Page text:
U.S. Supreme Court Curtails Claims against Carbon-Dioxide Emitters -- March 27, 2012

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In a case last year, the United States Supreme Court held that plaintiffs cannot maintain nuisance claims against carbon-dioxide emitters based on federal common law, curtailing claims that may be brought against power companies and other emitters of greenhouse gases. The Court, however, did not decide whether plaintiffs can maintain nuisance actions against carbon-dioxide emitters based on state law, leaving that question open for consideration.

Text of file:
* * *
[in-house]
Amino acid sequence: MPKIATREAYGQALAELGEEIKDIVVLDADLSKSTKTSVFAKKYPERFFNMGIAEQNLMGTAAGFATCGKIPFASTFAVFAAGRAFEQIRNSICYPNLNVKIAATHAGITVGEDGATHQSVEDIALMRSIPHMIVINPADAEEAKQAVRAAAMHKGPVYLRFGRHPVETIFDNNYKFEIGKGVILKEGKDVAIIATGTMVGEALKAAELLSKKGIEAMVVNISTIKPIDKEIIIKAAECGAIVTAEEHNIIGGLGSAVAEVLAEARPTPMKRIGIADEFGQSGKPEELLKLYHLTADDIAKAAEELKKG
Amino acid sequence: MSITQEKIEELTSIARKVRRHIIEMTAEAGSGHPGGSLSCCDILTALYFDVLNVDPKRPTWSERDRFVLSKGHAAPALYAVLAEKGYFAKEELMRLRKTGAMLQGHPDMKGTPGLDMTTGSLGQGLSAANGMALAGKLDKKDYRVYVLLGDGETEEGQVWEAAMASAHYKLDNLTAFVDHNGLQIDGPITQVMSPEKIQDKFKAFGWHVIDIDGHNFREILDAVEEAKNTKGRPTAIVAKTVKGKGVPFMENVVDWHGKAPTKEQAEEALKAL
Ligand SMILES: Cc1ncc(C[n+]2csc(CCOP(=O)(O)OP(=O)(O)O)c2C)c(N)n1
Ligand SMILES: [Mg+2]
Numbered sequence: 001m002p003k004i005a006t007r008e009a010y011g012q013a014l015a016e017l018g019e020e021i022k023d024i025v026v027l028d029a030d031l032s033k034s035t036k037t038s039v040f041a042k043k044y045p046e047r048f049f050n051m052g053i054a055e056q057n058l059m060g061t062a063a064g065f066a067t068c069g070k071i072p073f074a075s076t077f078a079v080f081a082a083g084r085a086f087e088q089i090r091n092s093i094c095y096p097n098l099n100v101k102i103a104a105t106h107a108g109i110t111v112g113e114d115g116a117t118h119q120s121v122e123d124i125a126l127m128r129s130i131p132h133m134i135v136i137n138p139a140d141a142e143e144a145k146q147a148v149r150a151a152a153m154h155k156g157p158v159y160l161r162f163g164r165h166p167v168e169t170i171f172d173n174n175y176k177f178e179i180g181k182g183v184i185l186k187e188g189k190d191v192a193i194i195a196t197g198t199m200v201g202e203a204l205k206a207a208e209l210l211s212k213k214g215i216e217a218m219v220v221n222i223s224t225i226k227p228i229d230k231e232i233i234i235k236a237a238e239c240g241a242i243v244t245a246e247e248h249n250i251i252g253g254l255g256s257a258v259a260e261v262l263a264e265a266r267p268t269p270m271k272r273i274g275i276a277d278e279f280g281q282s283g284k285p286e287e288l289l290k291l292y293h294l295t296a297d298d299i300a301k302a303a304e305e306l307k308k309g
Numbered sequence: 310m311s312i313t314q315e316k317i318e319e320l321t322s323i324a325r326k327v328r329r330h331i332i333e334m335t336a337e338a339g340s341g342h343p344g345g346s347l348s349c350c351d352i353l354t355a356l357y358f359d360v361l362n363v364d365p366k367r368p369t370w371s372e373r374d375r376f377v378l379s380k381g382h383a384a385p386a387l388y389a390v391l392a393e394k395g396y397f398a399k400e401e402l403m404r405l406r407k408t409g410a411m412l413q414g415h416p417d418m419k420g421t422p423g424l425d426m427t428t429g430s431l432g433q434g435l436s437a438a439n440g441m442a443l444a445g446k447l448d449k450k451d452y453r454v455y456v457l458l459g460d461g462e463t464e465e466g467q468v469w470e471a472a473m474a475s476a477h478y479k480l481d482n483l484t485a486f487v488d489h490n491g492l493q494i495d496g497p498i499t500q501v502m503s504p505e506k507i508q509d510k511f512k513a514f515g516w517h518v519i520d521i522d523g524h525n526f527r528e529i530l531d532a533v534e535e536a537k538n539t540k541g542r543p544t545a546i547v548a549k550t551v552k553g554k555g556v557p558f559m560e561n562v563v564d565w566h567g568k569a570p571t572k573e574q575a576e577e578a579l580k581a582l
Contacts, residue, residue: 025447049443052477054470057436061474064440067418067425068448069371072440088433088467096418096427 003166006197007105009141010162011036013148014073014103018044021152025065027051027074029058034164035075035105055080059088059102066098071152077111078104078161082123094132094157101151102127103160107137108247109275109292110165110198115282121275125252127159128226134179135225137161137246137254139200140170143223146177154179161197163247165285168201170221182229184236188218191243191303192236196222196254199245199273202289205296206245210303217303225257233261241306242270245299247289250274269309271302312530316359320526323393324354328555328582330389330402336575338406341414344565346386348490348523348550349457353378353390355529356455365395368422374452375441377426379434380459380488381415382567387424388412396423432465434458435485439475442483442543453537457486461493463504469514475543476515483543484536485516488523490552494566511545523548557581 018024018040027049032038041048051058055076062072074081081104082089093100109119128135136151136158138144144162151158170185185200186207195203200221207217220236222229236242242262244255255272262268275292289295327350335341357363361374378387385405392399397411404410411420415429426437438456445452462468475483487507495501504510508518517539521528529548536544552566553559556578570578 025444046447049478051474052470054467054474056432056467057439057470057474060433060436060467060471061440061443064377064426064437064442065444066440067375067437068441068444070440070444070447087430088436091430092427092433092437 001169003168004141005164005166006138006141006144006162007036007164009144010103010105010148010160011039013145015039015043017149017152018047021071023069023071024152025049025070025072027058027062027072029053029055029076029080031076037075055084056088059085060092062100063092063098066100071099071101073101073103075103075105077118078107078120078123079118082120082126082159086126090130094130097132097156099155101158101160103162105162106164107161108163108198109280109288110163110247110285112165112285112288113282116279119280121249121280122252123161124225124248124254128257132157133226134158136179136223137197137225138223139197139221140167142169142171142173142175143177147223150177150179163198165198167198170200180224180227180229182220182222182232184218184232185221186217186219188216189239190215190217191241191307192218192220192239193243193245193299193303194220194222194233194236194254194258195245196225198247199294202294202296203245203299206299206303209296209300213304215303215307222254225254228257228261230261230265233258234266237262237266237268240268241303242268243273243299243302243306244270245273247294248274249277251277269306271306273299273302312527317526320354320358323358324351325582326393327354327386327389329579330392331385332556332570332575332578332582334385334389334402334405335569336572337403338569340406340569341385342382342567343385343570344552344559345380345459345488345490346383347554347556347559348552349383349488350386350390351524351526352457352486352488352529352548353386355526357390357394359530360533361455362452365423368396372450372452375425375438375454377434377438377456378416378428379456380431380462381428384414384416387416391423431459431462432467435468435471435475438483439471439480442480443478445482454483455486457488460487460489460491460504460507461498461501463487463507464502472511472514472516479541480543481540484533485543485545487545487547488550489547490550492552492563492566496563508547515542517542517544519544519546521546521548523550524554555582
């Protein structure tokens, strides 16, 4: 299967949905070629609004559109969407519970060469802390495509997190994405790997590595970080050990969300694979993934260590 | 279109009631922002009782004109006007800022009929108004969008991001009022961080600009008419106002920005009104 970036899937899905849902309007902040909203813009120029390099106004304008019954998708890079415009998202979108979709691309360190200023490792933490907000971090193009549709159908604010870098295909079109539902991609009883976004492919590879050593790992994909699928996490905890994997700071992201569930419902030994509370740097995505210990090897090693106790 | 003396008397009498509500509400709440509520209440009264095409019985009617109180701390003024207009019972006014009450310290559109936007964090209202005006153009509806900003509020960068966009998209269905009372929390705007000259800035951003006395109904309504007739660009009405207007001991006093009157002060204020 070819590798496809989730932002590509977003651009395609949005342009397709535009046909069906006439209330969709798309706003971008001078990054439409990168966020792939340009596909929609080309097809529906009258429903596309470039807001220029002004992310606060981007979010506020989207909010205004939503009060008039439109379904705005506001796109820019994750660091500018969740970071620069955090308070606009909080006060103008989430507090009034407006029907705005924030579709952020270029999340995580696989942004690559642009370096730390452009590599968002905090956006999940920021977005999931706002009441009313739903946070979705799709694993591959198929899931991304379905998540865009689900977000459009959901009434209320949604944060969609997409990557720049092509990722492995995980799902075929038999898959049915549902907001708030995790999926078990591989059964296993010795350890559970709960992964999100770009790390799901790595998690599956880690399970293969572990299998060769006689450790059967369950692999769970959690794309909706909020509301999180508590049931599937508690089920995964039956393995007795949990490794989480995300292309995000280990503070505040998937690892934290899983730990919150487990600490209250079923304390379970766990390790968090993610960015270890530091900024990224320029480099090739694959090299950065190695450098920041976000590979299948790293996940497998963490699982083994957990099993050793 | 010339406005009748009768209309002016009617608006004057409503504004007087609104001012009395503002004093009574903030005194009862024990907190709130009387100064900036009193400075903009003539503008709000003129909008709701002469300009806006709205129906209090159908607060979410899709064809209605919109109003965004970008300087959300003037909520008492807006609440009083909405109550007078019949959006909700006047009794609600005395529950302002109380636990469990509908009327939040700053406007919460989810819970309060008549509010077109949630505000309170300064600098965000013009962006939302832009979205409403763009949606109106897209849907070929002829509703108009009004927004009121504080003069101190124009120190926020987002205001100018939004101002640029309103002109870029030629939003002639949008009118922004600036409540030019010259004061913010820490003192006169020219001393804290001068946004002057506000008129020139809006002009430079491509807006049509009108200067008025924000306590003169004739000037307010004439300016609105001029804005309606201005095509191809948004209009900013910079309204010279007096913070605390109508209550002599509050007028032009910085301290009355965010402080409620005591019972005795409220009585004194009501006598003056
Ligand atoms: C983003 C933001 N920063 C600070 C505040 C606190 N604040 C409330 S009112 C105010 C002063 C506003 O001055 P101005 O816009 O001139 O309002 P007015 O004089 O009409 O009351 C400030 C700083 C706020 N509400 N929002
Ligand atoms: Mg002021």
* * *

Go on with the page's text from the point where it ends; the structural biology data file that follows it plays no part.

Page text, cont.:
In American Electric Power v. Connecticut, 131 S.Ct. 2527 (2011), eight states, New York City, and three private land trusts sued four private power companies and TVA. The plaintiffs alleged that the defendants were the “five largest emitters of carbon dioxide in the United States.” Because the defendants allegedly contributed to global warming, the plaintiffs asserted that their carbon-dioxide emissions constituted a “nuisance” under federal common law. As such, the plaintiffs sought a decree setting carbon-dioxide emissions for each defendant at an initial cap, to be further reduced annually.

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